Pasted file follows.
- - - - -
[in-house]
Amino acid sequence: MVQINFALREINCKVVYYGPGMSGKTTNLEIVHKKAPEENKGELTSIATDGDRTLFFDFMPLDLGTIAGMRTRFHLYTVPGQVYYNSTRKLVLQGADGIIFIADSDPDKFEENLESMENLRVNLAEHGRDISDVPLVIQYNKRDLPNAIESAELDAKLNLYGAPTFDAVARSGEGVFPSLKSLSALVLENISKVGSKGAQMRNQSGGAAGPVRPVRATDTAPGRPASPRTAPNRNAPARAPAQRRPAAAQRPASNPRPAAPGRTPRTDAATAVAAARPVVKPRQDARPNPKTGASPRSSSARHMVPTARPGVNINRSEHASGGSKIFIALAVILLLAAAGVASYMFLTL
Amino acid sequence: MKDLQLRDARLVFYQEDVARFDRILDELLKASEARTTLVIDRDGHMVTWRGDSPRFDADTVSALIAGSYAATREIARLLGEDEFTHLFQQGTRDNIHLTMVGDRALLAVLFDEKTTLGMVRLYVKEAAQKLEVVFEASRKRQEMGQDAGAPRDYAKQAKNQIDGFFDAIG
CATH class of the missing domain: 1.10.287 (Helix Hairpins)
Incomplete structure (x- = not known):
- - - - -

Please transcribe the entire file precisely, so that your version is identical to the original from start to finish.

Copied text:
[in-house]
Amino acid sequence: MVQINFALREINCKVVYYGPGMSGKTTNLEIVHKKAPEENKGELTSIATDGDRTLFFDFMPLDLGTIAGMRTRFHLYTVPGQVYYNSTRKLVLQGADGIIFIADSDPDKFEENLESMENLRVNLAEHGRDISDVPLVIQYNKRDLPNAIESAELDAKLNLYGAPTFDAVARSGEGVFPSLKSLSALVLENISKVGSKGAQMRNQSGGAAGPVRPVRATDTAPGRPASPRTAPNRNAPARAPAQRRPAAAQRPASNPRPAAPGRTPRTDAATAVAAARPVVKPRQDARPNPKTGASPRSSSARHMVPTARPGVNINRSEHASGGSKIFIALAVILLLAAAGVASYMFLTL
Amino acid sequence: MKDLQLRDARLVFYQEDVARFDRILDELLKASEARTTLVIDRDGHMVTWRGDSPRFDADTVSALIAGSYAATREIARLLGEDEFTHLFQQGTRDNIHLTMVGDRALLAVLFDEKTTLGMVRLYVKEAAQKLEVVFEASRKRQEMGQDAGAPRDYAKQAKNQIDGFFDAIG
CATH class of the missing domain: 1.10.287 (Helix Hairpins)
Incomplete structure (x- = not known):